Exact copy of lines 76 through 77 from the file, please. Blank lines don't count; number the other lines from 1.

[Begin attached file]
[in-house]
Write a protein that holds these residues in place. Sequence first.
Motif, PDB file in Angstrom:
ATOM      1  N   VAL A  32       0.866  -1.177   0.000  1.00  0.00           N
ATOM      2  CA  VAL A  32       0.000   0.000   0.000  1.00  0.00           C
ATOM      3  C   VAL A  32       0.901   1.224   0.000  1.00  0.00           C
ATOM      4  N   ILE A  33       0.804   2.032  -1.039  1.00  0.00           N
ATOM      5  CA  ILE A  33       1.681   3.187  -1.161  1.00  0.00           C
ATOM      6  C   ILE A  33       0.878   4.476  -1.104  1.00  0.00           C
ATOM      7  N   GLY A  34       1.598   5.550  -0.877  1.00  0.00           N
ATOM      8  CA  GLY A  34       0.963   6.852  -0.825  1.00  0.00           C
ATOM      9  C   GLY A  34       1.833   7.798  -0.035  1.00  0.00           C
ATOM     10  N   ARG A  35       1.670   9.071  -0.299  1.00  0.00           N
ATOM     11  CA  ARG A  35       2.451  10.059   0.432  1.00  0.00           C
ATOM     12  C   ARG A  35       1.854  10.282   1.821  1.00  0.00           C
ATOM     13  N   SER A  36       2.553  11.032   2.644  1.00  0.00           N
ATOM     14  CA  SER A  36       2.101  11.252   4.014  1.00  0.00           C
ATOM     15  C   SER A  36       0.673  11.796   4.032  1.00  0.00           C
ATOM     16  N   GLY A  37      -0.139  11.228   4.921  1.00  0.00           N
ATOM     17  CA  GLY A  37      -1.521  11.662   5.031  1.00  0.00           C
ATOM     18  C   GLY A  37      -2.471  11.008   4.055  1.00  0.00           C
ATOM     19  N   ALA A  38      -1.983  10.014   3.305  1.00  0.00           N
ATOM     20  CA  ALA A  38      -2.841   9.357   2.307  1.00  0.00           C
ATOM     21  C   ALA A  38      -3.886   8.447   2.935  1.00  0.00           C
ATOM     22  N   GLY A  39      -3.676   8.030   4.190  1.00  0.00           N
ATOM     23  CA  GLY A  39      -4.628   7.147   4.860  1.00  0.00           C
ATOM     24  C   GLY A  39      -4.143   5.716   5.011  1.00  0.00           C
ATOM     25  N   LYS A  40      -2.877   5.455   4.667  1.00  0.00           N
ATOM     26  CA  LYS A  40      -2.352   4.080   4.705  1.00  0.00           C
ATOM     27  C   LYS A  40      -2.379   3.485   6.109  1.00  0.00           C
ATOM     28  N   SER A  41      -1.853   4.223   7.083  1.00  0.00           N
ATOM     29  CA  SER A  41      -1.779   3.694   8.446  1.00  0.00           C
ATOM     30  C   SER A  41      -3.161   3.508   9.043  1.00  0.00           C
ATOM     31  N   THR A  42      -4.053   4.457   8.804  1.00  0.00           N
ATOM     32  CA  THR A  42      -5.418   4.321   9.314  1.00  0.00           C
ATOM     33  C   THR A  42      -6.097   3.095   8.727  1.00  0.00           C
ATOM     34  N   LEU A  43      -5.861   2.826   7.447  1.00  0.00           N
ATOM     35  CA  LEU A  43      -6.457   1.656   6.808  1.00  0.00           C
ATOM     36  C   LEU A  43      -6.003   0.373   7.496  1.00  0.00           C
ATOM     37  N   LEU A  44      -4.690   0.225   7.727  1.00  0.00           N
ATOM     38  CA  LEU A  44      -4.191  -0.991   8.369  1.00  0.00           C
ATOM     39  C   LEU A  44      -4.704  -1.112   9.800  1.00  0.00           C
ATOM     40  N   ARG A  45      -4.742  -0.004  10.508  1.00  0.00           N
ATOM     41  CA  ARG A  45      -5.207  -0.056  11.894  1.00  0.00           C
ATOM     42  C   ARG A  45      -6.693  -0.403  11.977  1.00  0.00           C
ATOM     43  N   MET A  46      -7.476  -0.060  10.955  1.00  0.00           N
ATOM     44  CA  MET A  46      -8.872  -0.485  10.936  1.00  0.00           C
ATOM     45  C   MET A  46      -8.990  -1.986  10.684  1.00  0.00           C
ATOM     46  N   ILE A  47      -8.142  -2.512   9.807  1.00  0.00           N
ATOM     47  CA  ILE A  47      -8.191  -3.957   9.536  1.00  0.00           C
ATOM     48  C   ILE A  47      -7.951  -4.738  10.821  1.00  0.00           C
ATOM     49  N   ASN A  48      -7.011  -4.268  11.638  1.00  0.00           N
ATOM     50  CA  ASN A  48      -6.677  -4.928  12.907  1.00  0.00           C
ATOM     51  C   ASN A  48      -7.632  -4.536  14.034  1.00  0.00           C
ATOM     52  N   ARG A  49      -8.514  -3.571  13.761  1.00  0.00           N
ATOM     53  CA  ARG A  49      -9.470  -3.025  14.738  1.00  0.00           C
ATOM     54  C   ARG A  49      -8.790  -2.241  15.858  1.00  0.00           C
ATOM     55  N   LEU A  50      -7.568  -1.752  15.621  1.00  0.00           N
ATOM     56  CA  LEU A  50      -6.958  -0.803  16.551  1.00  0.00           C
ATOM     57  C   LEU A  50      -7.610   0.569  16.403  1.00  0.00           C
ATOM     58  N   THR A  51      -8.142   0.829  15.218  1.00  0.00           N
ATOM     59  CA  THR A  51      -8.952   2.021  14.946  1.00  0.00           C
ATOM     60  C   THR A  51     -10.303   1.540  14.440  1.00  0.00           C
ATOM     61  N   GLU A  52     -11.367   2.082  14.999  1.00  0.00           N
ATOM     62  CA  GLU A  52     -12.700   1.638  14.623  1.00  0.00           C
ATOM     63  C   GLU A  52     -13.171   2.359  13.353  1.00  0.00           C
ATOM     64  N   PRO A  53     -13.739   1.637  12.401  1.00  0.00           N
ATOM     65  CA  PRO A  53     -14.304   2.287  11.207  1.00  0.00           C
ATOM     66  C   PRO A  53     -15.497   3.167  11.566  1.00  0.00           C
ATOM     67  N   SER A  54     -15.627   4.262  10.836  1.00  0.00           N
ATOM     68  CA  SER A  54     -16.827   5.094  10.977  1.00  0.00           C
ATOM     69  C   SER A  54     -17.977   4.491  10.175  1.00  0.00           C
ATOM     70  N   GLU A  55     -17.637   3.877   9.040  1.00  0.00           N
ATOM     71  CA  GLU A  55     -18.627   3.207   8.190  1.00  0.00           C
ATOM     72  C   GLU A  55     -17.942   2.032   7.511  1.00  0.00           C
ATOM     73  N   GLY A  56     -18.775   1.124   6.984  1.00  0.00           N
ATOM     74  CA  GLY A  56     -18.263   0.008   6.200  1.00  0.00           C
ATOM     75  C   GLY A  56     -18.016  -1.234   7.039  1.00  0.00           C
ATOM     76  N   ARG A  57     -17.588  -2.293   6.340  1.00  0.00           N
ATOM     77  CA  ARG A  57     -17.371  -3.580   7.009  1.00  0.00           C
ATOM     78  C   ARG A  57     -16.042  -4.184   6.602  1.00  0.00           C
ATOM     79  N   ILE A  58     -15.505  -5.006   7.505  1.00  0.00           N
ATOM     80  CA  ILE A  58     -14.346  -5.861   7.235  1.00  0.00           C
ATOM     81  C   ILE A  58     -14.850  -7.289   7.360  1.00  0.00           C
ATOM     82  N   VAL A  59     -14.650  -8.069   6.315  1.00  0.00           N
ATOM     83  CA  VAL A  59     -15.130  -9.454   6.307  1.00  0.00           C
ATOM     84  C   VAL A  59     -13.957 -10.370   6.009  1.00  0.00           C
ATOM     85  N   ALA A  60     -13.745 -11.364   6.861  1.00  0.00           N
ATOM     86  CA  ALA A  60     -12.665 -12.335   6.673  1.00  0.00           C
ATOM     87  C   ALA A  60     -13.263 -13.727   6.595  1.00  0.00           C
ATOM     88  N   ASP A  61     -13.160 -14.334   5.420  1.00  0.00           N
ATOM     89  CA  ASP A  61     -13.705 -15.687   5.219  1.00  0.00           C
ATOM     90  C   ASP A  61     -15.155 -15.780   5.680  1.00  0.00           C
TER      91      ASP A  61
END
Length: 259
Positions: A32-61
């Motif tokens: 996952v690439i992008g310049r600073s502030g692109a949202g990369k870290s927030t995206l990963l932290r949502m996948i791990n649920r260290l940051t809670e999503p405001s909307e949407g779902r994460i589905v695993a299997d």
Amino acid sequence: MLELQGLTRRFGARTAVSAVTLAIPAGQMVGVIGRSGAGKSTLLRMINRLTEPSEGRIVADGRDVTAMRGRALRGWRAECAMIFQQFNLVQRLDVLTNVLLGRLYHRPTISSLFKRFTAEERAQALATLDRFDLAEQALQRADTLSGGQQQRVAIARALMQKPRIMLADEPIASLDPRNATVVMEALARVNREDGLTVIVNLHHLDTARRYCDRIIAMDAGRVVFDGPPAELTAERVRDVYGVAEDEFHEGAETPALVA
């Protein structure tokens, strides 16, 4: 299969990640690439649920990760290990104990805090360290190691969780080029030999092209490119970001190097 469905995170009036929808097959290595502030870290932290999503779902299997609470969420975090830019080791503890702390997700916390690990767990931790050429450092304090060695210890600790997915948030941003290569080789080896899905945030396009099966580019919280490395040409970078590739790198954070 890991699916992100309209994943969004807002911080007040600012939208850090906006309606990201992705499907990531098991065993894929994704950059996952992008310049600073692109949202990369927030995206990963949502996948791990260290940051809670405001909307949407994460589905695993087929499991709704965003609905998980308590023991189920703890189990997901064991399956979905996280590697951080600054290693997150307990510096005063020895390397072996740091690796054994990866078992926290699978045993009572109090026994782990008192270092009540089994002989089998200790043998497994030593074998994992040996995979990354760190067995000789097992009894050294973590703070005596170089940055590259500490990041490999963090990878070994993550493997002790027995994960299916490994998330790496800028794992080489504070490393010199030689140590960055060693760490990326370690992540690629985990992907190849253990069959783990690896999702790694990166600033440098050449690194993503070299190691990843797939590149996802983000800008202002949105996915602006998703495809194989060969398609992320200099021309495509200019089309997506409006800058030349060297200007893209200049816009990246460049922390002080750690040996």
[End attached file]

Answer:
ATOM     73  N   GLY A  56     -18.775   1.124   6.984  1.00  0.00           N
ATOM     74  CA  GLY A  56     -18.263   0.008   6.200  1.00  0.00           C